Recently, multiple large carriers have been requesting exemptions from the FMCSA that would allow them to use hair testing instead of urine testing for drug screening purposes. It’s a topic that’s been hotly debated already, and now the Transportation Trades Department (TTD) of the AFL-CIO – which has 32 member unions – has submitted a comment to the petition which provides a forceful argument against hair testing.
While petitions have also been filed by other carriers, the TTD attached their comment to a petition submitted by J.B. Hunt Transport, Inc., Schneider National Carriers, Inc., Werner Enterprises, Inc., Knight Transportation, Inc., Dupre Logistics, Inc., and Maveric Transportation, LLC.
The carriers claim that they should be allowed to use hair testing instead of urine testing since hair tests are more sensitive and therefore reveal a higher rate of drug contamination. But according to the TTD, that higher rate of contamination could be largely due to false positives, incidental exposure, and variables as benign as different hair color.
Opponents of hair testing, including OOIDA, have claimed in the past that hair testing has a higher rate of false positives. According to the TTD comments, this can be partially attributed to a lack of regulation. Urine testing is standardized and must follow strict protocols, but hair testing has no such oversight. Congress mandated that the Department of Health and Human Services should come up with hair testing guidelines as part of the 2015 Fast Act. Those guidelines were due in 2016, but have not yet been published.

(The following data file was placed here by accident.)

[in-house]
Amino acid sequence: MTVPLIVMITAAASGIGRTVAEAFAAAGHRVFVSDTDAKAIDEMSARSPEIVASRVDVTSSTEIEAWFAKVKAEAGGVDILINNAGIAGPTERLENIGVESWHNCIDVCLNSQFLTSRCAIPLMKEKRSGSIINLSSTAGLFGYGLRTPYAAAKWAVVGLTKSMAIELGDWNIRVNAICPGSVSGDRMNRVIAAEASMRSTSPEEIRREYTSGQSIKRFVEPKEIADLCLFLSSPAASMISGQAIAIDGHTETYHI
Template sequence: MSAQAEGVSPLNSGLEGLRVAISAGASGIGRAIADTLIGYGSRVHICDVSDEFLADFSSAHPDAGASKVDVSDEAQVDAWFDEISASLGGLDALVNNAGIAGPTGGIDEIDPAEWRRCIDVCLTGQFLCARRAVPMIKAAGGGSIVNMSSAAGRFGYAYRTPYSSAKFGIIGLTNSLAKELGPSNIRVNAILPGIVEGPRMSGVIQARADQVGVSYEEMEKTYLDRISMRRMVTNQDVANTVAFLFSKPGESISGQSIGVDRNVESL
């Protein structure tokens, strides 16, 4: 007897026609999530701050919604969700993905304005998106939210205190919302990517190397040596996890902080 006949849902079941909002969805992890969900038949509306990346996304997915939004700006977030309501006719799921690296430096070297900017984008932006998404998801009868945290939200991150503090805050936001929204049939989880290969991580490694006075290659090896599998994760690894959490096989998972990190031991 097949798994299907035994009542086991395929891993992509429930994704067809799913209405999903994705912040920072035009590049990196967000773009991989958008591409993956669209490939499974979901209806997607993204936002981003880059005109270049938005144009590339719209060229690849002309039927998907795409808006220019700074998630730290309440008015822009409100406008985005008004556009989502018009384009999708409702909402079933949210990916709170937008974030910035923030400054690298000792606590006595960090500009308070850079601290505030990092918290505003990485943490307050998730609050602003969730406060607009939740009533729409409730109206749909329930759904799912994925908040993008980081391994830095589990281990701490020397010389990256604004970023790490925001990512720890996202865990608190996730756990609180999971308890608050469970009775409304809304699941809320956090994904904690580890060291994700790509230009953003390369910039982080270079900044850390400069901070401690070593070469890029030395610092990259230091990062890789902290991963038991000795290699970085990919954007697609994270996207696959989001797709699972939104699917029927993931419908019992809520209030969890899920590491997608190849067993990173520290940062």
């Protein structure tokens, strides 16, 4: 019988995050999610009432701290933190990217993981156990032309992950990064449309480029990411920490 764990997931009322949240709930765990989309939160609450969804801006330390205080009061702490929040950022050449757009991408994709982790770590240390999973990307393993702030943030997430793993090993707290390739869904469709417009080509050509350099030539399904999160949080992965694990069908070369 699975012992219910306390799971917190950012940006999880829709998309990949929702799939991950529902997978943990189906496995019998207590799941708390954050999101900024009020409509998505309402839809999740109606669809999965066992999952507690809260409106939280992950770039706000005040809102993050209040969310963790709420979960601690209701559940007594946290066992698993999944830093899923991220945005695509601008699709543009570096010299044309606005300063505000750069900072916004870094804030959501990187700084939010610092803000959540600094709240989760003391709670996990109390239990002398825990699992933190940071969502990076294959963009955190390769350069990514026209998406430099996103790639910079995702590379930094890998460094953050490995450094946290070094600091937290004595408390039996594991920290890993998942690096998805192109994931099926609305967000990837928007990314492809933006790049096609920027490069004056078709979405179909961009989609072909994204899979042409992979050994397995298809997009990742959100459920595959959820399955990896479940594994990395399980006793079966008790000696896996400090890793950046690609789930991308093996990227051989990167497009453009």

Critics also point out that while urine testing checks for use of drugs, hair testing can return a positive result from even incidental exposure in public places. That’s in part because the DOT cutoff level for a positive result for marijuana in a urine test is 15ng/ml, while in hair testing the proposed cutoff is .1pg/mg, or as the TTD puts it, “one-tenth of 1 part per trillion.”
Some types of hair are more likely to retain traces of drugs. People with darker or more porous hair are more likely to test positive, as are those who have artificially colored their hair.
Since hair testing cannot distinguish between drug use and incidental exposure, the TTD claims that it does not fulfil DOT requirements.
Aside from the false positives, the TTD also opposes hair testing since Congress mandated that it can only be used for the FMCSA’s purposes once federal guidelines are created.
The TTD comments also seemed to imply that the data used to promote the efficacy of hair testing came from a source that couldn’t be trusted: The study cited was conducted by a major for-profit hair testing lab.
Signed by Edward Wytkind, President of TTD, the comment concluded that “with jobs on the line, FMCSA must have complete confidence that its drug tests are reliably accurate. Hair testing fails this threshold, and we therefore request that FMCSA deny the Petitioner’s petition.”